Most industry-standard cryptographic libraries make use of __Intel's AES-NI__ CPU instructions to ensure their AES cipher is resistant to timing and cache-based side channel attacks. AES also is the most battle-tested symmetric cipher against attackers and has survived more cryptanalysis attempts than any other symmetric cipher known. If you have access to a machine that supports AES-NI you should obviously prefer a cipher that makes use of them. If available consider using the __AEGIS__ cipher, which relies on a hardware-accelerated implementation of the AES block function.

In some cases you will not be able to use Intel AES-NI and will have to settle for an alternative. The only alternative I would recommend is XChaCha20-Poly1305--it was designed to have 256-bit security, it is resistant to differential cryptanalysis, and was designed to be constant-time. The only problem with it is that most computers do not offer hardware acceleration for it. If they did it would be faster than AES hardware acceleration. However, since AES hardware acceleration is fast enough there is not much reason seen as to why adding support for XChaCha20-Poly1305 is worth it.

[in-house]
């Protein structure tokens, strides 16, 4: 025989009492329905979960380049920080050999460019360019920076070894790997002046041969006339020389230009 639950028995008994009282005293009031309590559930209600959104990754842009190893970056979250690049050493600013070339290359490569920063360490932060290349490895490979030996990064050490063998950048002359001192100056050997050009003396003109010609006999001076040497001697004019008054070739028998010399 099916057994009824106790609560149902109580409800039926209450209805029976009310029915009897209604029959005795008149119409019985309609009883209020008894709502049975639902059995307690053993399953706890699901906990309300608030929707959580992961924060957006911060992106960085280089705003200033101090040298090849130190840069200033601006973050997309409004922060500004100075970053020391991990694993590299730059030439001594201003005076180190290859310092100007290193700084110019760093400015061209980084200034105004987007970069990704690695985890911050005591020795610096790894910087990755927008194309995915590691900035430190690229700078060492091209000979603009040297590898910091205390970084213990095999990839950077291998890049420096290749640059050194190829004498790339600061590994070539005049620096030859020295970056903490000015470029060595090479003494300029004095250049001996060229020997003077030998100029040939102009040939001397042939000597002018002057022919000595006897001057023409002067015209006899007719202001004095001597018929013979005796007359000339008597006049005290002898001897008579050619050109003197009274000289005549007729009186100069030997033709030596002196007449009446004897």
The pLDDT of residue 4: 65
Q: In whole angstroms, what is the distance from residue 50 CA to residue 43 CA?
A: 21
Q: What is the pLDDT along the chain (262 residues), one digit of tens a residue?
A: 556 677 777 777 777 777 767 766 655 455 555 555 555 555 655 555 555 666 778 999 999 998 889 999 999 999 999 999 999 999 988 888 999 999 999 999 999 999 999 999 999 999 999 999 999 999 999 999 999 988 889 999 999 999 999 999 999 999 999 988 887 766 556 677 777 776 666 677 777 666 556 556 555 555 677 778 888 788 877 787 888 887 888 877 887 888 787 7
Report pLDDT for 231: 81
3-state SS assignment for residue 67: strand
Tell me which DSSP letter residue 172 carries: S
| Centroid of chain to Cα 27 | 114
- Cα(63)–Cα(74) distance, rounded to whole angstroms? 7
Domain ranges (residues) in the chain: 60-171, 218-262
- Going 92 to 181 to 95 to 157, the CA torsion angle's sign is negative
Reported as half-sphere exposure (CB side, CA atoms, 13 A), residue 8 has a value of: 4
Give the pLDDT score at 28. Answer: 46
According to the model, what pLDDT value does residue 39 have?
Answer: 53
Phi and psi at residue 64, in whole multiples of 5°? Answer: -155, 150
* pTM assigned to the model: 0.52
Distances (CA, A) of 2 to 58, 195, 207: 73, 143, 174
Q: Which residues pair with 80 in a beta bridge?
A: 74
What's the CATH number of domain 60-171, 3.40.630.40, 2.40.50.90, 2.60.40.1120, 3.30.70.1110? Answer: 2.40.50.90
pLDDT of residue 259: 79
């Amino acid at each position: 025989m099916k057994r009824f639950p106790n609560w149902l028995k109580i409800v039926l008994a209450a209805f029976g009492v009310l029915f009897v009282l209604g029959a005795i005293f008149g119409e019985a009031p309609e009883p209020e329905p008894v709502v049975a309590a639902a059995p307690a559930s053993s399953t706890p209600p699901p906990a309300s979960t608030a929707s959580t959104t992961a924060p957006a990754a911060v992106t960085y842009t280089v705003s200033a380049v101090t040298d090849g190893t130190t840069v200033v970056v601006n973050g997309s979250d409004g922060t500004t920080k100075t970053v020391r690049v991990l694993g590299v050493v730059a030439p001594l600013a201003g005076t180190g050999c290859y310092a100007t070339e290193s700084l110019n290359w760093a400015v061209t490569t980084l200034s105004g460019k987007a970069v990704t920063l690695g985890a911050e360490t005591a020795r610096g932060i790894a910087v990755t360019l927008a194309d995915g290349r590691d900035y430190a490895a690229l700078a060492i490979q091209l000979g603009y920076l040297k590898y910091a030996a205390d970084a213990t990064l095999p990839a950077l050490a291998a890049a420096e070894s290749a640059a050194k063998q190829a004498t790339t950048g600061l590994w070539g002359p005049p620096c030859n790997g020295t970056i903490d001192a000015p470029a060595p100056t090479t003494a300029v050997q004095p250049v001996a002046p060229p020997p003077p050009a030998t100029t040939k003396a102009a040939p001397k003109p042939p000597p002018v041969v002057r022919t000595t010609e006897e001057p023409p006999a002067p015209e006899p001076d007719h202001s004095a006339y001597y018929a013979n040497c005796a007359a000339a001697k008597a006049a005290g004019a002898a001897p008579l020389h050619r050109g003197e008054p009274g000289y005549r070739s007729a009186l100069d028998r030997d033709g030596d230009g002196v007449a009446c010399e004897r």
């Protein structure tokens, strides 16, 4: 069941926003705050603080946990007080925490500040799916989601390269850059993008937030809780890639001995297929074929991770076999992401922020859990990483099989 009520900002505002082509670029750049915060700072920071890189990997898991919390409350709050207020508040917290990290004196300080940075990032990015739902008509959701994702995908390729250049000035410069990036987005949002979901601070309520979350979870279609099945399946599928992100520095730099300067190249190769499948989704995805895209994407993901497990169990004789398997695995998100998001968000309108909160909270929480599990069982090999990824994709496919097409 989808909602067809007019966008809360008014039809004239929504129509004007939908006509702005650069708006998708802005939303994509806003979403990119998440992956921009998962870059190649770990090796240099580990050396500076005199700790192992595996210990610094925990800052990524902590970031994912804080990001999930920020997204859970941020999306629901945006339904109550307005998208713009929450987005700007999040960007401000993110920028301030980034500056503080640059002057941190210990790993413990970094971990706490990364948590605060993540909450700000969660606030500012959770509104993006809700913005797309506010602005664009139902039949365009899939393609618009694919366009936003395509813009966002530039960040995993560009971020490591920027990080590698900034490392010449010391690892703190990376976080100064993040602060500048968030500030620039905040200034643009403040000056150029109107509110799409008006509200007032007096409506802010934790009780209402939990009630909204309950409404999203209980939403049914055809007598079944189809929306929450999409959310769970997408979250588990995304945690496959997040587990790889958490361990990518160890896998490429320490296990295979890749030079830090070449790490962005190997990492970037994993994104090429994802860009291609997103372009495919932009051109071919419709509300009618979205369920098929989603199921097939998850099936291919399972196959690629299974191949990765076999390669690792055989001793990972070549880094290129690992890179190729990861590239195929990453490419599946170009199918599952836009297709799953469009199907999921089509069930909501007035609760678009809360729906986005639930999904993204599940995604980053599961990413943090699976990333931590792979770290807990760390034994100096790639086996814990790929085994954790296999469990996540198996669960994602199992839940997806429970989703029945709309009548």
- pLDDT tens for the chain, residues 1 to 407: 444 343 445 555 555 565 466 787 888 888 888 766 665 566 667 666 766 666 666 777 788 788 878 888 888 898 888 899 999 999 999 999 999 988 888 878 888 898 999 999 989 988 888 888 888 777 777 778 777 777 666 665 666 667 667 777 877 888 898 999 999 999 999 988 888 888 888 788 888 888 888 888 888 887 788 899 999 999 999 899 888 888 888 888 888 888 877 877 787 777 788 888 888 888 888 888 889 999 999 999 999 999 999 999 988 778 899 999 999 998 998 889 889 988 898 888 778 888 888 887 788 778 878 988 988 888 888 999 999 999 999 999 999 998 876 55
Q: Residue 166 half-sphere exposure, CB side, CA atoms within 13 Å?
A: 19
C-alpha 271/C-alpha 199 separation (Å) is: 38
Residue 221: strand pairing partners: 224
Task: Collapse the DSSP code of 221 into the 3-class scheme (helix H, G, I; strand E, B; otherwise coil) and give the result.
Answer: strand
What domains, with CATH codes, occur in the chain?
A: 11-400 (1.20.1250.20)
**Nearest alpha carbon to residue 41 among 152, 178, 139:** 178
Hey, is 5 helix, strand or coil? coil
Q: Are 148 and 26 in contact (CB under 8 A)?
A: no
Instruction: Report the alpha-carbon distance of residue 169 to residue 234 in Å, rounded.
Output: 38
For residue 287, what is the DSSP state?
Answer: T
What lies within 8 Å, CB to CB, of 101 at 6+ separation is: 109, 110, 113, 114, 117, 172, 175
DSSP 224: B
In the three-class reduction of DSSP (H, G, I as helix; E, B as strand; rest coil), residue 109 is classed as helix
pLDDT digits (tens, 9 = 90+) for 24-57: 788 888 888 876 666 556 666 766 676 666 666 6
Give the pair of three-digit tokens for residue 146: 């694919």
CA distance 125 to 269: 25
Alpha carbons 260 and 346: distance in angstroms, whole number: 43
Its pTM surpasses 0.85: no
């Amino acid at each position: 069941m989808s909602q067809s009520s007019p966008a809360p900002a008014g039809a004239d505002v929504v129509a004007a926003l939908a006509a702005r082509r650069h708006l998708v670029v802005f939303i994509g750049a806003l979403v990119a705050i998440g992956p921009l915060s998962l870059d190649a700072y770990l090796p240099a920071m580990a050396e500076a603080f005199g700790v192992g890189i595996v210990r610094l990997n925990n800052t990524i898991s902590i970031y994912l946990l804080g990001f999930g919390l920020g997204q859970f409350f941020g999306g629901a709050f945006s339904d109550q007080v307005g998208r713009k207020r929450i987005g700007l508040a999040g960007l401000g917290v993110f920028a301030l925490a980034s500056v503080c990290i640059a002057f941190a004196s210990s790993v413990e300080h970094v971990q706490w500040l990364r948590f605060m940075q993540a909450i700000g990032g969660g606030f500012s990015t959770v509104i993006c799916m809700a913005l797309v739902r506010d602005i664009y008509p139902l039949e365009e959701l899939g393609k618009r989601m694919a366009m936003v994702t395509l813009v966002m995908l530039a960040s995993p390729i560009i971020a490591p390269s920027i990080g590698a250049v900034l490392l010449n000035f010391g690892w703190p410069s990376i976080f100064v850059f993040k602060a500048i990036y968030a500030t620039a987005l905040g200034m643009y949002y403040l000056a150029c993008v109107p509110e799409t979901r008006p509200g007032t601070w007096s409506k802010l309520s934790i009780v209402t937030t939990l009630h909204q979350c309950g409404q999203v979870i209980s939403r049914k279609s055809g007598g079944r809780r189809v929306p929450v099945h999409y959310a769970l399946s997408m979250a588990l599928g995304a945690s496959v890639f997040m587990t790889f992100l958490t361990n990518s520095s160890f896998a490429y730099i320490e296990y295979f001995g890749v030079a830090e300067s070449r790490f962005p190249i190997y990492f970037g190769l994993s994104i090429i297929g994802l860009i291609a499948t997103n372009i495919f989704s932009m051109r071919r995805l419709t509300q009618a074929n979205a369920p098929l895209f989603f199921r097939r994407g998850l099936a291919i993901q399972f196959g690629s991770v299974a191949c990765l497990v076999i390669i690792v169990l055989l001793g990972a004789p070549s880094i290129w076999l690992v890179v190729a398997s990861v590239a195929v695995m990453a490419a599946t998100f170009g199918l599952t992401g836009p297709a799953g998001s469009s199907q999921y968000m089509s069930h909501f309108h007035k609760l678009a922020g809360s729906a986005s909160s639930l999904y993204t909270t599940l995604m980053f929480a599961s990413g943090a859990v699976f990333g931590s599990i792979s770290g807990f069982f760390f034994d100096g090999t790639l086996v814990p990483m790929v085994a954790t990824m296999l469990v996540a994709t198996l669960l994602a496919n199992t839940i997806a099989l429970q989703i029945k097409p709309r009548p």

So when you are required to use a machine that does * not* support hardware acceleration of AES--you should use a cryptographic library that supports XChaCha20-Poly1305

Public-Key Digital Signature Algorithms

I would argue Dilithium is the digital signature standard of the future. For now it is Elliptic Curve Digital Signature Algorithm. Unlike all the other digital signature algorithms in this list Dilithium is fast, constant-time, and resistant to __Shor's Algorithm__--an algorithm quantum supercomputers can execute to solve the Discrete Logarithm Problem. The Discrete Logarithm Problem is a math problem that is too difficult for the classical computers we now rely on to solve. A great book to learn more about is Hoffstein's __Introduction to Mathematical Cryptography__ by Springer Publications.

Ed448 is the next digital signature algorithm I recommend after Dilithium. It is designed to be constant-time. Although not immune to __Shor's Algorithm__ it is still more resistant to Shor's Algorithm than all the others since it offers the largest prime number size, which is a prime number that is 448 bits large.